The Marine Aquarium Societies of North America (MASNA) is a non-profit organization composed of local area marine aquarium societies, individual marine aquarists, and corporate partner or sponsor memberships. The benefits for club membership are pretty well understood by most—access to speaker and vendor directories, networking opportunities through the Society Directory, dedicated club space in the forums, banner advertising, the potential to host a MACNA, and more—but many individual aquarists wonder “Why should I become member?” This week’s series of blog posts from the Big Island of Hawai’i is, in my way of thinking, one very good reason, but I’m getting ahead of myself…
The marine aquarium fishery in Hawai’i is the most important marine aquarium fishery in the United States. The Big Island of Hawai’i (called Hawai’i) is home to the largest slice of the State’s marine aquarium trade both in terms of animals collected and economic value (we’ll get into the numbers in a future post), but the marine aquarium fishery here is once again facing serious opposition. I have been following the ongoing story of efforts to better manage the aquarium fishery in Hawai’i in the face of such opposition for more than a year for CORAL Magazine
(see my article “Postcards from Hawaii” in the Jan/Feb 2011 issue
), and I am now back on island to research the recent passage of Hawai’i County Council Resolution 130-11, which seeks to ban the marine aquarium trade statewide. This current trip is a joint effort between CORAL Magazine
and MASNA intended to provide aquarists with the most up-to-date information about the controversy surrounding the fishery and its implications for the trade here in Hawai’i, nationwide and even internationally.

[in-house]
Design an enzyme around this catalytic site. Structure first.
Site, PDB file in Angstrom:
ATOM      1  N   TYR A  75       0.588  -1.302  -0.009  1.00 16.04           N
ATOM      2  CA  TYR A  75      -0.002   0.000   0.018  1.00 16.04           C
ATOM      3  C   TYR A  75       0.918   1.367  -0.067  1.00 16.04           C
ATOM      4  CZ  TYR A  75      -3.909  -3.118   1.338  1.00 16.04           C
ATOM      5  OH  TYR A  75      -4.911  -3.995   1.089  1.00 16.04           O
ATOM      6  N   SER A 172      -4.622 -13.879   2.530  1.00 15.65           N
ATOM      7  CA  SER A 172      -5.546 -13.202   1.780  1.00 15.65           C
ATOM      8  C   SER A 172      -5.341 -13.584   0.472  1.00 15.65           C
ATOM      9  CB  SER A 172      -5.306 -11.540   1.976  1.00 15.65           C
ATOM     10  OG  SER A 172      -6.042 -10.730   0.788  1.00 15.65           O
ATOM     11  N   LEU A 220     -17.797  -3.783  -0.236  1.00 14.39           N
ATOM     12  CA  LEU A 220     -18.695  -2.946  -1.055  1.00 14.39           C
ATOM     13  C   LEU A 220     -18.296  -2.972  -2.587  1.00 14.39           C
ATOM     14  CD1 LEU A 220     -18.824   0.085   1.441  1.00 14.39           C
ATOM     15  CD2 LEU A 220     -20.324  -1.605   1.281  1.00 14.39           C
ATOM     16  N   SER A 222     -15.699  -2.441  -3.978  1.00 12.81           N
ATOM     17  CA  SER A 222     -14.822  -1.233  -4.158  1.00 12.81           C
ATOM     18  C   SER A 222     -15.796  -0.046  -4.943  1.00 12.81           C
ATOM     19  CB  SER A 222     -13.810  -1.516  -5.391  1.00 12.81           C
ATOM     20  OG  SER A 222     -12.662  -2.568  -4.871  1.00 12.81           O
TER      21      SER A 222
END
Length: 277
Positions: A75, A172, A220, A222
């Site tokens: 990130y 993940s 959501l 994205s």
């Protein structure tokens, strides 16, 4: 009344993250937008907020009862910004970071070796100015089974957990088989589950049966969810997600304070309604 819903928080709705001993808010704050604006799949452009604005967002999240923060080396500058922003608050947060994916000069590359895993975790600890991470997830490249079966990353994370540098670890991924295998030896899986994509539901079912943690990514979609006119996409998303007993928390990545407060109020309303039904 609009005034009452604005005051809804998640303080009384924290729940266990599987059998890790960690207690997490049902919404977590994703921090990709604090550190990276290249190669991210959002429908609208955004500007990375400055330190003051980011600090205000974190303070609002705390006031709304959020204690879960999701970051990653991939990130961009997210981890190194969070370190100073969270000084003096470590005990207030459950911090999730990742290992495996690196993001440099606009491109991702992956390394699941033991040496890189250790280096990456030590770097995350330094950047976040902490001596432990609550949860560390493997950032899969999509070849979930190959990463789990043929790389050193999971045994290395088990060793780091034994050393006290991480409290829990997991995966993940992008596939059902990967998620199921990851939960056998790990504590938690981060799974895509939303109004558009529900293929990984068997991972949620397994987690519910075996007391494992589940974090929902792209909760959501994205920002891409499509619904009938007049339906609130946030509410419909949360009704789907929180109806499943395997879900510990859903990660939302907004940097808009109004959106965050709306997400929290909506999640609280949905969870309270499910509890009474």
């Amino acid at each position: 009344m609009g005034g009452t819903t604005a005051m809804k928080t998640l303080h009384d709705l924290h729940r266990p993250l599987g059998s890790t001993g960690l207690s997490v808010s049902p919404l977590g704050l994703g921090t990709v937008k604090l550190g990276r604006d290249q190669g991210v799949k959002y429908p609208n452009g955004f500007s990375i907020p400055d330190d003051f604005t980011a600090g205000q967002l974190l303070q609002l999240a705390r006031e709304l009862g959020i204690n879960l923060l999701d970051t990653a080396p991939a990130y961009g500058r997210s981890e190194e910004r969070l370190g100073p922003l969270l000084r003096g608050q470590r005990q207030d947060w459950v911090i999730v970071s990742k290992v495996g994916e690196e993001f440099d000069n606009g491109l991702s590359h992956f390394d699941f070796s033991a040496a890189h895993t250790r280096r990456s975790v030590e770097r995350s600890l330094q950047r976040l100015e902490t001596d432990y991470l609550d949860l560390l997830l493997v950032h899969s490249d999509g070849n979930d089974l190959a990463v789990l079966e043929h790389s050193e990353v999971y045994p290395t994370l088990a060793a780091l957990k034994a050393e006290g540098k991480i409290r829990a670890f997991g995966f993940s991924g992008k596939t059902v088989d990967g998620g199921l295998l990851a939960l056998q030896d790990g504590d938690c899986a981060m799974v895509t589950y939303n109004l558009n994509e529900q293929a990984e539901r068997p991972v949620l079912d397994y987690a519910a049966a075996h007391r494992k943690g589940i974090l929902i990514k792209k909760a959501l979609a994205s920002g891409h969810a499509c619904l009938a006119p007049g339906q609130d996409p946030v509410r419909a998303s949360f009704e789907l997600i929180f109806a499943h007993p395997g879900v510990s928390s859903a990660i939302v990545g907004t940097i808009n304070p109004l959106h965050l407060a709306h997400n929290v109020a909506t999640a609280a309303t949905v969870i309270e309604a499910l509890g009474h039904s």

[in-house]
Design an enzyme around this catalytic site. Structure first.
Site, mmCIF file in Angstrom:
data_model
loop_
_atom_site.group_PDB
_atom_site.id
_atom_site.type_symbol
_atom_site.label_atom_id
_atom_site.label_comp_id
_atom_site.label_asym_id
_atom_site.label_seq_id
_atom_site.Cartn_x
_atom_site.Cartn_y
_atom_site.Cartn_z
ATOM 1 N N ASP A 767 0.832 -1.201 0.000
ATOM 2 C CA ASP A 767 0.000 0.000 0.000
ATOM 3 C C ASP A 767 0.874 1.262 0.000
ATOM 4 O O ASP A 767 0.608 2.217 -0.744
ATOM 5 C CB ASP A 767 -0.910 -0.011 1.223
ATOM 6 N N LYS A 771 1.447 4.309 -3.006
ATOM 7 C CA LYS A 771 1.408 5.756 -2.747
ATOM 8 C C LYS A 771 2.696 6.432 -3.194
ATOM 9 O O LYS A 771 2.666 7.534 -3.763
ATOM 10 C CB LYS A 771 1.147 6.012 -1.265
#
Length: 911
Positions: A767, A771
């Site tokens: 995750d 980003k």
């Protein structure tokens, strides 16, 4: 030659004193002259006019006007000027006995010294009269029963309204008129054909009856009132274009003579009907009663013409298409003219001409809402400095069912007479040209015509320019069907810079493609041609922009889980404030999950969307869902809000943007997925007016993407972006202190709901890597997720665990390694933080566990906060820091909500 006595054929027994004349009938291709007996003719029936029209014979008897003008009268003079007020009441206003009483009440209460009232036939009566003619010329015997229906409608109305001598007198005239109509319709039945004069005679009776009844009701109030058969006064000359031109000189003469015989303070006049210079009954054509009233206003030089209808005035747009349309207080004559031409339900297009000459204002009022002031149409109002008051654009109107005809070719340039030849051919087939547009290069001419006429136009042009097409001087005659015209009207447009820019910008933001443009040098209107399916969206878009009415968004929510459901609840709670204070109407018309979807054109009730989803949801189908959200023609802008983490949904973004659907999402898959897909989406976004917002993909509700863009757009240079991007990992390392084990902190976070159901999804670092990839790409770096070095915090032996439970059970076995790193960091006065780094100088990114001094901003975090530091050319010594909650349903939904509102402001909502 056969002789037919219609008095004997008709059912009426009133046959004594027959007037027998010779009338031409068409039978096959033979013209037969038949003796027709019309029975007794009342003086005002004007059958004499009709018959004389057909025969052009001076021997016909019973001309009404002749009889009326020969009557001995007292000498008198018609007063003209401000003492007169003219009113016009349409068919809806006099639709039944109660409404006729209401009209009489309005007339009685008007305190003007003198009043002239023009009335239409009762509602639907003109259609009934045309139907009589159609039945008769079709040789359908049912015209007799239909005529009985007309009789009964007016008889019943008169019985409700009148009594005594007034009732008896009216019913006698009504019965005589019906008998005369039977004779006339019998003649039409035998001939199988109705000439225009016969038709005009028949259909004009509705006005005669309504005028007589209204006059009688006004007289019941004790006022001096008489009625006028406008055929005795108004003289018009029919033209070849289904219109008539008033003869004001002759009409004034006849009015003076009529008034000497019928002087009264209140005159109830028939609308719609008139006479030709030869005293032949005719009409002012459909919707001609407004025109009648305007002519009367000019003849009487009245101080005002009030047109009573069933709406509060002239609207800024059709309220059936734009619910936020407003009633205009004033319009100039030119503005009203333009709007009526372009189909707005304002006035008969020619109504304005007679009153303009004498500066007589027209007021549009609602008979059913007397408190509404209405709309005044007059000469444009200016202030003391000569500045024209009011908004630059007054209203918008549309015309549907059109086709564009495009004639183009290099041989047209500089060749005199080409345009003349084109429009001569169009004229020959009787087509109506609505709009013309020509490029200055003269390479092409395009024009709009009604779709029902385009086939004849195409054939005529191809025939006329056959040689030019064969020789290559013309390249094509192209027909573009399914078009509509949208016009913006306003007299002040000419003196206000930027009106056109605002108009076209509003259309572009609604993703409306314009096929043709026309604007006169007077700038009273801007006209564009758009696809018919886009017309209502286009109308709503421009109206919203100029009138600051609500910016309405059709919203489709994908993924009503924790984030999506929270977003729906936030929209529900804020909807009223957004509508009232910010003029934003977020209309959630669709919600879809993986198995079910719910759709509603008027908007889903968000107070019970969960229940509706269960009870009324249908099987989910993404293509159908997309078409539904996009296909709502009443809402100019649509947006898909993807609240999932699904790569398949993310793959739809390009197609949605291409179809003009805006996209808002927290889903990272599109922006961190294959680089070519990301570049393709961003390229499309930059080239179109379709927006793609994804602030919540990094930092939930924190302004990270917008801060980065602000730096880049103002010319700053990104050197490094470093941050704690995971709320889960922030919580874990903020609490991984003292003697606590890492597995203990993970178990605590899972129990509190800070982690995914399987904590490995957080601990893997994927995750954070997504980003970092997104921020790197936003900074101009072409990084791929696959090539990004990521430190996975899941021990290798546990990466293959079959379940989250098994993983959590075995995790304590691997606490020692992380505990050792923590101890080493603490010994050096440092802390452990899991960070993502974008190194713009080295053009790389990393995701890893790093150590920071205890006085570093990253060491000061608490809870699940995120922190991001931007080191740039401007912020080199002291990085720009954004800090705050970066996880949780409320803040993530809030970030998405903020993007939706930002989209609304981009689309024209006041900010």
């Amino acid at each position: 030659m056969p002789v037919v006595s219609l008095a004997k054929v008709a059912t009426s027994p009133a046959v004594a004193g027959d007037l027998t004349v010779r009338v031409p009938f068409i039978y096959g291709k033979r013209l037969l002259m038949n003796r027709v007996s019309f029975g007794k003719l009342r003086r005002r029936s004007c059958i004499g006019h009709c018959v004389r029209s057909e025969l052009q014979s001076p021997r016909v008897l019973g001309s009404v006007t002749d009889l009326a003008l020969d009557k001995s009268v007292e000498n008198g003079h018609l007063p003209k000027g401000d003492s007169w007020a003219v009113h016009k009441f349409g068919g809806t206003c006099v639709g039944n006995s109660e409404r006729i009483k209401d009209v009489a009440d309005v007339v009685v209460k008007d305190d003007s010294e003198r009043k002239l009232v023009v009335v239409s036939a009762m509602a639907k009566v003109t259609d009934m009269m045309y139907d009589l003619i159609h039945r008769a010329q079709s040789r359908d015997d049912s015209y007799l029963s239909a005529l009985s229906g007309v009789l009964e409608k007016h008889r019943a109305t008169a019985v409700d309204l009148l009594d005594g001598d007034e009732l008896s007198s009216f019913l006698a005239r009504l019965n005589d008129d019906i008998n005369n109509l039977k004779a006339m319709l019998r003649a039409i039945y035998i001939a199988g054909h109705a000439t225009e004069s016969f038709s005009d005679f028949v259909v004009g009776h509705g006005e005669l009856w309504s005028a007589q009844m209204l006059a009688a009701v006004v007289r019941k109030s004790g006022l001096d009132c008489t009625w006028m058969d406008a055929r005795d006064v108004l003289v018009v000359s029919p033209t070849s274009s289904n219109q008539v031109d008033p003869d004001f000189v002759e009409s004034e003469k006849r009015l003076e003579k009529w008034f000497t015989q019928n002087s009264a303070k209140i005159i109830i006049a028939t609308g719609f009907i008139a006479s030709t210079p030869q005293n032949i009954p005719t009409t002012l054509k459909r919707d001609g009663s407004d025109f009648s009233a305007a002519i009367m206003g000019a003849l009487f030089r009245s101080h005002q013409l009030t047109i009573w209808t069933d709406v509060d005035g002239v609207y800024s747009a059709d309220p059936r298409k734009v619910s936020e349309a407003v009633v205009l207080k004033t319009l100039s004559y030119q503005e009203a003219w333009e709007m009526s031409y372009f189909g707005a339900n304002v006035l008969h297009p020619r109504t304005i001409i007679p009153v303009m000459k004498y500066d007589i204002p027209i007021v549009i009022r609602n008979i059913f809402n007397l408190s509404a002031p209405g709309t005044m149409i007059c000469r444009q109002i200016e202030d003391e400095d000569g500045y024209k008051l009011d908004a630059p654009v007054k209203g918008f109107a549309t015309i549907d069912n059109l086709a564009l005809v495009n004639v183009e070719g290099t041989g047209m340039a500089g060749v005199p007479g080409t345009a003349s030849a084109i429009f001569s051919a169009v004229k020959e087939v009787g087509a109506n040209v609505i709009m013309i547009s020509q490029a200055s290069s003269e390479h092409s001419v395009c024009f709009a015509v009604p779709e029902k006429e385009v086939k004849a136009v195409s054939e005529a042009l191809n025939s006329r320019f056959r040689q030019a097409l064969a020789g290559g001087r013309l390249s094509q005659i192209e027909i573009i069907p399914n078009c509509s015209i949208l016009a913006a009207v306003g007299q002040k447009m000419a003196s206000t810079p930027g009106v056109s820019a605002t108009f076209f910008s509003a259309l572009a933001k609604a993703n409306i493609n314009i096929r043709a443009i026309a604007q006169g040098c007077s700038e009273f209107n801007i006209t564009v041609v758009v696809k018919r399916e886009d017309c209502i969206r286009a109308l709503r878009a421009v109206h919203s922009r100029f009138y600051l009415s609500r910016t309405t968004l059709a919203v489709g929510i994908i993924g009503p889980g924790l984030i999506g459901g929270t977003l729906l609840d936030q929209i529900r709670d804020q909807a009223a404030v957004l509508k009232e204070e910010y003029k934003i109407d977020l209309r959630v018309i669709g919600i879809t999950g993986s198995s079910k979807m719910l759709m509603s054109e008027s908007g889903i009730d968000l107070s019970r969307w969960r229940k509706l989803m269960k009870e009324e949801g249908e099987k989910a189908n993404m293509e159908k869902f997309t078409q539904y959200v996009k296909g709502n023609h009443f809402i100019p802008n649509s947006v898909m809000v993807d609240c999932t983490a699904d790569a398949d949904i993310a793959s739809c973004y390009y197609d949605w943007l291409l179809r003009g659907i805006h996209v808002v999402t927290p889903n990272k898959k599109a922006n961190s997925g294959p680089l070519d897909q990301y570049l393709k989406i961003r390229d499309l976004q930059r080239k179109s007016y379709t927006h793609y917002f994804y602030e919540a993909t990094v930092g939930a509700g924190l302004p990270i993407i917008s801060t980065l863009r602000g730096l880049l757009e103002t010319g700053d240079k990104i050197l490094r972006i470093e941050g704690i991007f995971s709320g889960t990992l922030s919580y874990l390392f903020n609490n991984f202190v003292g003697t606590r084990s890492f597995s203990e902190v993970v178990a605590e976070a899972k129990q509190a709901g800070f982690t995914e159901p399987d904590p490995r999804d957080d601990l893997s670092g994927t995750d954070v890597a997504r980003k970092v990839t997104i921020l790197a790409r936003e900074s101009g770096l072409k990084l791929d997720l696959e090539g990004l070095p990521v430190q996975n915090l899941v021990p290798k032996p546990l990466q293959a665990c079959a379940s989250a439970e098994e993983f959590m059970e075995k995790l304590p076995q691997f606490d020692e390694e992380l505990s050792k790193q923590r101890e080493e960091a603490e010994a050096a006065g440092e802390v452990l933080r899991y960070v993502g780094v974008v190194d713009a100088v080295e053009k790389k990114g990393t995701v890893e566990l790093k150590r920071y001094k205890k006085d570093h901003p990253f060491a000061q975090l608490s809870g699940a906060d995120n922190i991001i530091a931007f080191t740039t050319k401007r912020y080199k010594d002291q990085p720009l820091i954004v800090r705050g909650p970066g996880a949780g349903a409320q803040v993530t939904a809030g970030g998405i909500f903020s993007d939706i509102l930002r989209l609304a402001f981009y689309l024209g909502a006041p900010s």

…and that’s one of the most compelling reasons I think every marine aquarists should be a member of MASNA. Marine aquarium fisheries (and the trade in general) are increasingly being looked at with skepticism and outright animosity by anti-trade forces ranging from large organizational forces like Greenpeace, Sea Shepherd and the Humane Society of the United States to individuals like Robert Wintner (a.k.a Snorkel Bob). Some of the opposition to the trade is based on the question of sustainability (e.g., is the marine aquarium fishery in Hawai’i, Papua New Guinea, Fiji, Solomon Islands, etc., being managed in a sustainable manner?) and some of the opposition is based on a moral argument (e.g., it is wrong to take reef fishes off the reef and place them in an aquarium). Understanding the motives behind the various attacks on the trade, and reconciling those motives with the data, is very difficult for most aquarists to do on their own.
MASNA’s commitment to its educational mission and a sustainable future for the marine environment can assist the individual MASNA member in understanding the issues by providing authoritative, well-researched and balanced information about the trade. The fact that your membership dues of $20 a year allows for MASNA to help put someone on the ground to research the issues that matter most and report back to aquarists is, at least in my way of thinking, money well spent.
Most aquarists I have met while traveling the country discussing fishery sustainability want to support a sustainable marine aquarium trade, but the fact of the matter is most aquarists have probably unwittingly purchased an animal that originated in an unsustainable fishery—a fishery whose net effect is to do damage to a reef ecosystem. There is no fundamental reason why a commercial marine aquarium fishery cannot be managed in as sustainable a manner as a well-managed food fishery. These are the fisheries upon which the marine aquarium trade of the future must rely (along with continued advances in captive breeding!), and MASNA is committed to helping aquarists get the information they need to use their purchasing power to support a sustainable industry.
So stay tuned to the MASNA blog this week for a series of posts about what is going on in Hawai’i, why it matters to the trade nationally and what aquarists can do to support a sustainable marine aquarium trade.